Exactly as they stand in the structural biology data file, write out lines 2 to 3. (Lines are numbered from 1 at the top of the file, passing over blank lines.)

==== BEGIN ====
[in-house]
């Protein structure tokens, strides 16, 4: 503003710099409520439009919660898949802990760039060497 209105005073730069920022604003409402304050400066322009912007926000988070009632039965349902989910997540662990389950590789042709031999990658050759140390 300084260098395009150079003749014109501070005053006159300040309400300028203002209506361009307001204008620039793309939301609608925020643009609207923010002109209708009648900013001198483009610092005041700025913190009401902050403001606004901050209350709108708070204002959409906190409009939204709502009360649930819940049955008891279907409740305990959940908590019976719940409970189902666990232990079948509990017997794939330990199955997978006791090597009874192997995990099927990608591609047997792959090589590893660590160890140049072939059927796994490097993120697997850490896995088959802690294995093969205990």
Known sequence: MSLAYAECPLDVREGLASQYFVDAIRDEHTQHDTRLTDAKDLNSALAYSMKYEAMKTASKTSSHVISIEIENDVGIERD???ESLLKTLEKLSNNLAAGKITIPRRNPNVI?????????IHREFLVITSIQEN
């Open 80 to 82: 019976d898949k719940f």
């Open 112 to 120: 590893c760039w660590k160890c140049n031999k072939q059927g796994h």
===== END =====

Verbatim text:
């Protein structure tokens, strides 16, 4: 503003710099409520439009919660898949802990760039060497 209105005073730069920022604003409402304050400066322009912007926000988070009632039965349902989910997540662990389950590789042709031999990658050759140390 300084260098395009150079003749014109501070005053006159300040309400300028203002209506361009307001204008620039793309939301609608925020643009609207923010002109209708009648900013001198483009610092005041700025913190009401902050403001606004901050209350709108708070204002959409906190409009939204709502009360649930819940049955008891279907409740305990959940908590019976719940409970189902666990232990079948509990017997794939330990199955997978006791090597009874192997995990099927990608591609047997792959090589590893660590160890140049072939059927796994490097993120697997850490896995088959802690294995093969205990």
Known sequence: MSLAYAECPLDVREGLASQYFVDAIRDEHTQHDTRLTDAKDLNSALAYSMKYEAMKTASKTSSHVISIEIENDVGIERD???ESLLKTLEKLSNNLAAGKITIPRRNPNVI?????????IHREFLVITSIQEN